Indian Student Slams Harvard University for Barring Pro-Palestine Protesters in Graduation Speech

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Following Shruthi Kumar’s speech, over 1,000 Harvard University students staged a walkout in solidarity with the 13 undergraduates.

CAMBRIDGE — In a dramatic turn of events during Harvard University’s commencement ceremony, Shruthi Kumar, a graduating student from Nebraska, deviated from her prepared speech to sharply criticize the university for its actions against students protesting Israel’s military actions in Gaza.

Kumar, an Indian American chosen to deliver the English commencement address for the undergraduate class, used her platform to highlight what she described as the university’s intolerance towards freedom of speech and civil disobedience, reported Vartha Bharati.

“As I stand here today, I must take a moment to recognize my peers—the 13 undergraduates in the class of 2024 who will not graduate today,” Kumar stated, referring to the students who were barred from graduating due to their involvement in pro-Palestine protests. Despite a majority vote by the faculty of arts and sciences in favor of allowing these students to graduate, the Harvard Corporation, the university’s governing body, decided on Wednesday to prevent them from graduating.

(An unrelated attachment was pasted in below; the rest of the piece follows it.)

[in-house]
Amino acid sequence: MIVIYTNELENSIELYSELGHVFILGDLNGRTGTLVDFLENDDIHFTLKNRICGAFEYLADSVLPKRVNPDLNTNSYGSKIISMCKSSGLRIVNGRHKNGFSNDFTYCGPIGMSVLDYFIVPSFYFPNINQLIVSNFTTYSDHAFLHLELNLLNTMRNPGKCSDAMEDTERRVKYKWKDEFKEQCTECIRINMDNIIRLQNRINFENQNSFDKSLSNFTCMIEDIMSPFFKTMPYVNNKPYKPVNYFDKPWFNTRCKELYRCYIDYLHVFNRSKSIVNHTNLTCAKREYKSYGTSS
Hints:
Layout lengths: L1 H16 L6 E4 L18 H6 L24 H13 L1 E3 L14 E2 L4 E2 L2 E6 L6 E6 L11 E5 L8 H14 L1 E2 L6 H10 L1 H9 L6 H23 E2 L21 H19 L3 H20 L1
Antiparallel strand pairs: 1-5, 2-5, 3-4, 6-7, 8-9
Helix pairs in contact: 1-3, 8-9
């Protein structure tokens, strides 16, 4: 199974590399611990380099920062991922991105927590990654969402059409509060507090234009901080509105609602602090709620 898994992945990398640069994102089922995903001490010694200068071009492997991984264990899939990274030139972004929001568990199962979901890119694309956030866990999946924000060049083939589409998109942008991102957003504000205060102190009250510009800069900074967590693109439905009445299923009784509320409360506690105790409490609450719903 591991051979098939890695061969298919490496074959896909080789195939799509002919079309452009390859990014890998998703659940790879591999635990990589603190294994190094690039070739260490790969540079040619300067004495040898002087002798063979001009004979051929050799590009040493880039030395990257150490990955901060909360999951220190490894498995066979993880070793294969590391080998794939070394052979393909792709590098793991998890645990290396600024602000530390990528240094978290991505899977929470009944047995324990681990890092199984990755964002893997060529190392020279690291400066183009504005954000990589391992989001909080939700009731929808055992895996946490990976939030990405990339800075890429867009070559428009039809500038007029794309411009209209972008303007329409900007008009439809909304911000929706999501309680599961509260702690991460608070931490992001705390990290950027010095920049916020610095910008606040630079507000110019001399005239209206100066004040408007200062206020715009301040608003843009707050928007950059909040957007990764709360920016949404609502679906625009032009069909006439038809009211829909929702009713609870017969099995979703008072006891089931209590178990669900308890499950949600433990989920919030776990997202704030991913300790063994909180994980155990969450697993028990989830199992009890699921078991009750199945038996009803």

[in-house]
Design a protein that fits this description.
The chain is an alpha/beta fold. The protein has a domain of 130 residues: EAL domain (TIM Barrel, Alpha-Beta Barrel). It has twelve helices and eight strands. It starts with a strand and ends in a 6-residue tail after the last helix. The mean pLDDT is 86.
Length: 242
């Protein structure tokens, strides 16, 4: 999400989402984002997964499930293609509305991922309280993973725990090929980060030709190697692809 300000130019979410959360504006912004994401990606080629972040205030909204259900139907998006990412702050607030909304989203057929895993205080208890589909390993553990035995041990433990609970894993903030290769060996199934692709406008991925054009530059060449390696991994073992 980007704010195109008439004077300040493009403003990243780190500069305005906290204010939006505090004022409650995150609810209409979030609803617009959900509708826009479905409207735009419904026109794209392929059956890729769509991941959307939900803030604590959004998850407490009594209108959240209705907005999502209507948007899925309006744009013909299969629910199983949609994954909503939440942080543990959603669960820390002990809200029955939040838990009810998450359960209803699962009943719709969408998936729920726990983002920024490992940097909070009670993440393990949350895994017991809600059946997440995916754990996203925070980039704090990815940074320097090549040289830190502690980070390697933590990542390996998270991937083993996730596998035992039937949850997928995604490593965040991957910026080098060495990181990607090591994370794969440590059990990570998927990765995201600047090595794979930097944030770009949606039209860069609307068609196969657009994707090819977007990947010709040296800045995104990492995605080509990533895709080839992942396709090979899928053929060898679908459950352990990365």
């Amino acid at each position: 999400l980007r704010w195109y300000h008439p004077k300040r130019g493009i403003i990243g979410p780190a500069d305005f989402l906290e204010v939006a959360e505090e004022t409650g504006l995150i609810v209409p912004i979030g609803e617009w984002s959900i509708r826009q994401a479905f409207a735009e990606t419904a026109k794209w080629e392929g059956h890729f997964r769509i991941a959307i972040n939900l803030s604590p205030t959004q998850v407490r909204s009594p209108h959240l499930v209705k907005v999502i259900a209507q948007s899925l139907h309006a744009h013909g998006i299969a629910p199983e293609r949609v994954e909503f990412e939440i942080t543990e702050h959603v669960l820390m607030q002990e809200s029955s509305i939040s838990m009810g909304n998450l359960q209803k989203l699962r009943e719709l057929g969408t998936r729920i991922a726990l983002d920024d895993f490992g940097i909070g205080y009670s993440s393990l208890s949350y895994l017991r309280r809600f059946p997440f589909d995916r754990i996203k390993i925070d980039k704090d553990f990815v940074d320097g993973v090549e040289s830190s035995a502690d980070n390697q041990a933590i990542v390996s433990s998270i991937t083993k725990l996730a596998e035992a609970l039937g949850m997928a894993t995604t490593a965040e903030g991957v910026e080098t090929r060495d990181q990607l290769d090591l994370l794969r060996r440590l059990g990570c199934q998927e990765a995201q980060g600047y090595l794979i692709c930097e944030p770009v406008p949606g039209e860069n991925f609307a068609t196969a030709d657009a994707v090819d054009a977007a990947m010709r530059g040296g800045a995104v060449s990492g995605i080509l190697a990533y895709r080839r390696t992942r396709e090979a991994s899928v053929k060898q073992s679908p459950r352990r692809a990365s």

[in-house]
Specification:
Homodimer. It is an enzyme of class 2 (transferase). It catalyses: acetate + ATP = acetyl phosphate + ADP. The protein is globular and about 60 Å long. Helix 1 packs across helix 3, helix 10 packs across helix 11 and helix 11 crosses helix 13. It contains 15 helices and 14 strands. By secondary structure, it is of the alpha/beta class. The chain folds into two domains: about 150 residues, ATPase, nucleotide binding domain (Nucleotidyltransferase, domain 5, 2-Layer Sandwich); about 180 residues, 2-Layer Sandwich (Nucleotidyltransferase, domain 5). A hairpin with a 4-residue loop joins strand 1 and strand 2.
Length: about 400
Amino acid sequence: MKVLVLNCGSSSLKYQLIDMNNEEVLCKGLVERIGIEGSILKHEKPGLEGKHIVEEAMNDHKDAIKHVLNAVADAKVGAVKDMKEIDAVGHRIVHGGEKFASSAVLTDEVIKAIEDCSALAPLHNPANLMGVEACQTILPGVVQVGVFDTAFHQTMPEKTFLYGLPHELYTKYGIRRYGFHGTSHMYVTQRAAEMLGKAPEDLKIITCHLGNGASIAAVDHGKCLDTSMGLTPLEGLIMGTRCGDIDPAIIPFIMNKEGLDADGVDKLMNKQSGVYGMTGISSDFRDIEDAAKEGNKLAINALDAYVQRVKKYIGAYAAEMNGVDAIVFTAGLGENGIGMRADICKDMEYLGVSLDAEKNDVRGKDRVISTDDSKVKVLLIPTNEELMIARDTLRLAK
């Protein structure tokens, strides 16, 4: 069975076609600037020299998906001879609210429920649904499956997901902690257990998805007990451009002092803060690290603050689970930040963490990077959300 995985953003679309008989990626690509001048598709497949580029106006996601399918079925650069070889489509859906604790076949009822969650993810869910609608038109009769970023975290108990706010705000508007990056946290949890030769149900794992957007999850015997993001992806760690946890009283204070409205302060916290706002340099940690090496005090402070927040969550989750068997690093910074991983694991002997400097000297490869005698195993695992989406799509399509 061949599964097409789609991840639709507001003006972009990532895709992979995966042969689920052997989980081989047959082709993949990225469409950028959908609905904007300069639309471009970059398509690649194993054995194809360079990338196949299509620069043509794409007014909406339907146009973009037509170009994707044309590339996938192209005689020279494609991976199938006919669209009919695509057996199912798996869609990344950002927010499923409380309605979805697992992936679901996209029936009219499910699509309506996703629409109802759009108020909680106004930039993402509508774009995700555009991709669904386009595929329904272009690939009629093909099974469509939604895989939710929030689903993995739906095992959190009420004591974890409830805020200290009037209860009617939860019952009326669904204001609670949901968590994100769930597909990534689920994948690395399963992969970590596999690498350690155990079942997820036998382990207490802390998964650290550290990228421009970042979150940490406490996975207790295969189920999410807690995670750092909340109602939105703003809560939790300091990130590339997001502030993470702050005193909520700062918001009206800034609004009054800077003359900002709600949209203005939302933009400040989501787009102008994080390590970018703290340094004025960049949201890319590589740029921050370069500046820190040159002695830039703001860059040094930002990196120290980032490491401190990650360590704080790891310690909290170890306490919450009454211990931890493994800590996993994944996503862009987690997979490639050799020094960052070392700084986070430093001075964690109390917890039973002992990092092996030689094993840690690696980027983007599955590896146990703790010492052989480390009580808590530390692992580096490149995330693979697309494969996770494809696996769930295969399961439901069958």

According to the Harvard Crimson, the 13 students faced disciplinary action for their active participation in campus protests against Israel’s actions in Gaza, which the protesters described as genocidal. This decision sparked significant backlash among the student body and faculty.

During her speech, Shruthi Kumar pulled out a piece of paper containing her off-script remarks, which she had hidden in her gown. “I am deeply disappointed by the intolerance for freedom of speech and the right to civil disobedience on campus,” she declared, receiving widespread applause and a standing ovation from her peers.

She continued, “The students have spoken. The faculty have spoken. Harvard, do you hear us?”

Kumar also highlighted personal experiences of being targeted, stating, “In the fall, my name and identity, alongside other black and brown students at Harvard, were publicly targeted. For many of us, students of color, doxxing left our jobs uncertain, our safety uncertain, our well-being uncertain.”

She called for solidarity, emphasizing the importance of empathy and support despite differences in personal experiences. “We are in a moment of intense division and disagreement in our community over the events in Gaza. I see pain, anxiety, and unrest across campus. But, it’s now in a moment like this that the power of not knowing becomes critical. Maybe, we don’t know what it’s like to be ethnically targeted. Maybe, we don’t know what it’s like to come face to face with violence and death. But, we don’t have to know. Solidarity is not dependent on what we know. Because, not knowing is an ethical stance,” she said.

Following Kumar’s speech, over 1,000 Harvard University students staged a walkout in solidarity with the 13 undergraduates.

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